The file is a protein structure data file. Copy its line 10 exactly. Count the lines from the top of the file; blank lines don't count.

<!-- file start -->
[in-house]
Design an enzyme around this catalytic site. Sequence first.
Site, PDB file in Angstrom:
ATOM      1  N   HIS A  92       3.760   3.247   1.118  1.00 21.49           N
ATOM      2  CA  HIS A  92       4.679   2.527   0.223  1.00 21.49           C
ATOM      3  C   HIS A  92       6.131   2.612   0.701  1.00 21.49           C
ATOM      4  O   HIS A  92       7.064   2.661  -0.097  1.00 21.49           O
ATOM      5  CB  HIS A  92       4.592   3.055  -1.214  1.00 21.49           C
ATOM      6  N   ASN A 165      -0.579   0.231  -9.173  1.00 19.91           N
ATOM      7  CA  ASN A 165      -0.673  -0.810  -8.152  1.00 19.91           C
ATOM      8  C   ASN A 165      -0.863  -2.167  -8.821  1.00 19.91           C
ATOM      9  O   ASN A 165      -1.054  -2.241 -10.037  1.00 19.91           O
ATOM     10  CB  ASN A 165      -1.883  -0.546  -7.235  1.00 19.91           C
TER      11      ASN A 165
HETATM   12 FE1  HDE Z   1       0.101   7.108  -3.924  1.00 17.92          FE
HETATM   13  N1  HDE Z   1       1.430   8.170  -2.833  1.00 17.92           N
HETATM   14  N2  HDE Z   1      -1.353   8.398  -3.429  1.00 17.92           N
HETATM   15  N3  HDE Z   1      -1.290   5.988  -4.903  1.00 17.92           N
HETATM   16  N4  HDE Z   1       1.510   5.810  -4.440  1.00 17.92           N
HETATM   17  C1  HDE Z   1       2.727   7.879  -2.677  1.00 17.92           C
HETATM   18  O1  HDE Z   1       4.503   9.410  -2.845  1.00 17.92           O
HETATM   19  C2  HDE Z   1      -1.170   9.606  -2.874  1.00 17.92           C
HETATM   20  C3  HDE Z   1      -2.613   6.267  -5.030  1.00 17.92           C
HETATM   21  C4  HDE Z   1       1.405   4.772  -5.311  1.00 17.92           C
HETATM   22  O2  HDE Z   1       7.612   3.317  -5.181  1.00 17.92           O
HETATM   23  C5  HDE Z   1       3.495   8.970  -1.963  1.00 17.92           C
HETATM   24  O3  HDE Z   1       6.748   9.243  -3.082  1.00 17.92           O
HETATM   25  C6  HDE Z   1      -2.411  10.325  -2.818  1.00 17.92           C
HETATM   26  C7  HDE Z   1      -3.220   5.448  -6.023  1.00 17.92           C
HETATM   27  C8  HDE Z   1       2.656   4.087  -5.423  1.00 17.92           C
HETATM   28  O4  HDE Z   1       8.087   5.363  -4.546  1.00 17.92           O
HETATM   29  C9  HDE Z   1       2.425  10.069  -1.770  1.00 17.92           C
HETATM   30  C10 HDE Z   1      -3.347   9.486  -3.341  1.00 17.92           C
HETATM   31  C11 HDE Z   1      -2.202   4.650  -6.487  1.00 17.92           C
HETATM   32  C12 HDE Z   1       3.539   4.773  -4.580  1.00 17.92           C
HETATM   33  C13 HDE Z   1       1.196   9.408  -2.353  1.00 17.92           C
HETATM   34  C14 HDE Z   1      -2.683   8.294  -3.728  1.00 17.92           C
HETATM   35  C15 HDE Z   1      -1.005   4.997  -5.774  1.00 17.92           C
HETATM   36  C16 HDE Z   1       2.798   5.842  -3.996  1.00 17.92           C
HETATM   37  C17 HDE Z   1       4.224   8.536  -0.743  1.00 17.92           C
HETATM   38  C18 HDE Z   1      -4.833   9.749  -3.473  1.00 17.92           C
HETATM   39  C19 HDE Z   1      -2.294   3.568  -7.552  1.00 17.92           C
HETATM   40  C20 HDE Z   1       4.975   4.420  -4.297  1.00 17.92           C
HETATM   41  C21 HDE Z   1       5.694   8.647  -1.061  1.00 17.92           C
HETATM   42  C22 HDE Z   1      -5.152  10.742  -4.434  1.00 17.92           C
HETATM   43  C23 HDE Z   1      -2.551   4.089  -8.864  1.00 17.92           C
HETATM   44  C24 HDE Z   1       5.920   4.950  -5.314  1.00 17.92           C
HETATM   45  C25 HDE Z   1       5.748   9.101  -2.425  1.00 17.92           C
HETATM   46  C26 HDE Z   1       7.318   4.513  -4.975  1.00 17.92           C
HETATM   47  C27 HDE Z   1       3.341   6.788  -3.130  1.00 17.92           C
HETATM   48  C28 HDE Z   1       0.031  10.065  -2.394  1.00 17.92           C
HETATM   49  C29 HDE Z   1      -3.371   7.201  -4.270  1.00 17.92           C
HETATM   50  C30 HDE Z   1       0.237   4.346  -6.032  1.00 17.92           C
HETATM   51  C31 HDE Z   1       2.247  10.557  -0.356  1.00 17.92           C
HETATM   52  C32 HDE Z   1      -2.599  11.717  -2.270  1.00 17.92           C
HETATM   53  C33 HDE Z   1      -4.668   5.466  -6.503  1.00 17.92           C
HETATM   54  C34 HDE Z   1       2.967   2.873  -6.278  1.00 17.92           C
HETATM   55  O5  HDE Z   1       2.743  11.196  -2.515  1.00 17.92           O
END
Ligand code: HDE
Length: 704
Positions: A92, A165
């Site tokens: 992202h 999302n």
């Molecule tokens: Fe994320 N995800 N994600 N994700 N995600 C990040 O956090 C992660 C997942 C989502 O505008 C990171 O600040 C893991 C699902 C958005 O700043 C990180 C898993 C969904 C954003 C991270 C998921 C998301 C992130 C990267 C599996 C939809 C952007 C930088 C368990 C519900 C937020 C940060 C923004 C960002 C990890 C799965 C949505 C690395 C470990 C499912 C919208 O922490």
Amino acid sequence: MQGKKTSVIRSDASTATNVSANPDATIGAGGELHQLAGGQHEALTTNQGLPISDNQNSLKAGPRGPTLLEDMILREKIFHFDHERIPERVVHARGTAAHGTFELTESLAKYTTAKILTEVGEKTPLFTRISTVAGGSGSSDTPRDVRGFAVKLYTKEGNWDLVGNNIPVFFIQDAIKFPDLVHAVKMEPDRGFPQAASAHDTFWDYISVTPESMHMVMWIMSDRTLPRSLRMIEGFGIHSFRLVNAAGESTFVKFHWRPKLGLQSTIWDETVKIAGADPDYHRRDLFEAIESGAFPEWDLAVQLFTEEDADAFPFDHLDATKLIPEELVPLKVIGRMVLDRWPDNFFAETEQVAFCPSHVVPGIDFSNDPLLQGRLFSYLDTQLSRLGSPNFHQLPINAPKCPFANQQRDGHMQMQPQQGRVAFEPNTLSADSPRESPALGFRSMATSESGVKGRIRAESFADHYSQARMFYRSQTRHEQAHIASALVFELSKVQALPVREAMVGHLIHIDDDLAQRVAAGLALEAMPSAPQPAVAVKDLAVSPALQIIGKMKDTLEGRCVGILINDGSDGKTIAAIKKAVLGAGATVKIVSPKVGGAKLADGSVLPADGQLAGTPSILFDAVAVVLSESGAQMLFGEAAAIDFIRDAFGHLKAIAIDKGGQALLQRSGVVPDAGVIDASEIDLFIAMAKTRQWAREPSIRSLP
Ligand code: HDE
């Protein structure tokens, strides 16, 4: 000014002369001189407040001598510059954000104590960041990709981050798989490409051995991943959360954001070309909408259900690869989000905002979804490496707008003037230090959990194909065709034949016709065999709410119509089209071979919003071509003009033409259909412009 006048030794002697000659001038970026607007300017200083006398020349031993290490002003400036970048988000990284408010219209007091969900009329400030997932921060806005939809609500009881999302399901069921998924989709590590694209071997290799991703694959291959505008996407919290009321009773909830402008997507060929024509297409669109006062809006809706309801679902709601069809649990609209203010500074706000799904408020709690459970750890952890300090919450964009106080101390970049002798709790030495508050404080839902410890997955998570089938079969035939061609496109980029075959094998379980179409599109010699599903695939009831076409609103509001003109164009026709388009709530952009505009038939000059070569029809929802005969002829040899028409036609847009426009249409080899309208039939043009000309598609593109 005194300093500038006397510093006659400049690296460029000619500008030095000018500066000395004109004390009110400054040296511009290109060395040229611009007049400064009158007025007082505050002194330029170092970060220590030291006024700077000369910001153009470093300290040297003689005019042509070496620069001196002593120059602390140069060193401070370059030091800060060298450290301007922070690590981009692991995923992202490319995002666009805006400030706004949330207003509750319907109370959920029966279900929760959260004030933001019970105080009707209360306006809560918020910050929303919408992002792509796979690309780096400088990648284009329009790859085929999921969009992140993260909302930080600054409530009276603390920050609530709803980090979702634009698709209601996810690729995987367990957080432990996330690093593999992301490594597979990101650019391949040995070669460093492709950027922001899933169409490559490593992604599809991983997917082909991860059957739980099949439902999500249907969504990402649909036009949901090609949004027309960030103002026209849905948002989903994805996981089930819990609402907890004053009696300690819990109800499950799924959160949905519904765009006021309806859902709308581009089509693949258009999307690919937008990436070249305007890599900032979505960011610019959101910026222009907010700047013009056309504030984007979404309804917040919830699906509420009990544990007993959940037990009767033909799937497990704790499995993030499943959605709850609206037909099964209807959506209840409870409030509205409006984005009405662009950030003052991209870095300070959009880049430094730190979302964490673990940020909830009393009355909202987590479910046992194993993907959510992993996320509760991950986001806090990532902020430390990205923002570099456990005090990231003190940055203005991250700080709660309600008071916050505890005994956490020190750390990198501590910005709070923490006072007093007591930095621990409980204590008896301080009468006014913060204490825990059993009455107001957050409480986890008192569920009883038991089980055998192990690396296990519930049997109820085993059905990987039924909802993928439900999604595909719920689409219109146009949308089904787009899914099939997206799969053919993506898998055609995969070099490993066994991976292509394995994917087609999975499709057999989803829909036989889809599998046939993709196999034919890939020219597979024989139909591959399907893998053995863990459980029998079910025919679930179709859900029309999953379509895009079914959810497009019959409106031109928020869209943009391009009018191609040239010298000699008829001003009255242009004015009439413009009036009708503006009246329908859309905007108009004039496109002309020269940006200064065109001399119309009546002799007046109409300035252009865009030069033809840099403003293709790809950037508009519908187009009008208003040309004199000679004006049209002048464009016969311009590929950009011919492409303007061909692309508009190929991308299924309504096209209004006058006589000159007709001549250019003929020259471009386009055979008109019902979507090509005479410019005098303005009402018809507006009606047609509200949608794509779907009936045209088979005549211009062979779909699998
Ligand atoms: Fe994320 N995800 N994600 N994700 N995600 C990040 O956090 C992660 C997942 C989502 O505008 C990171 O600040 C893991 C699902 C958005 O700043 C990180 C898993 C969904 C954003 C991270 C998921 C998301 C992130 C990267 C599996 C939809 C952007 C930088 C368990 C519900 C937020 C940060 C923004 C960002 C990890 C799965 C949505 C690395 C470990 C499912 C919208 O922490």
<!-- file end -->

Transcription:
ATOM      7  CA  ASN A 165      -0.673  -0.810  -8.152  1.00 19.91           C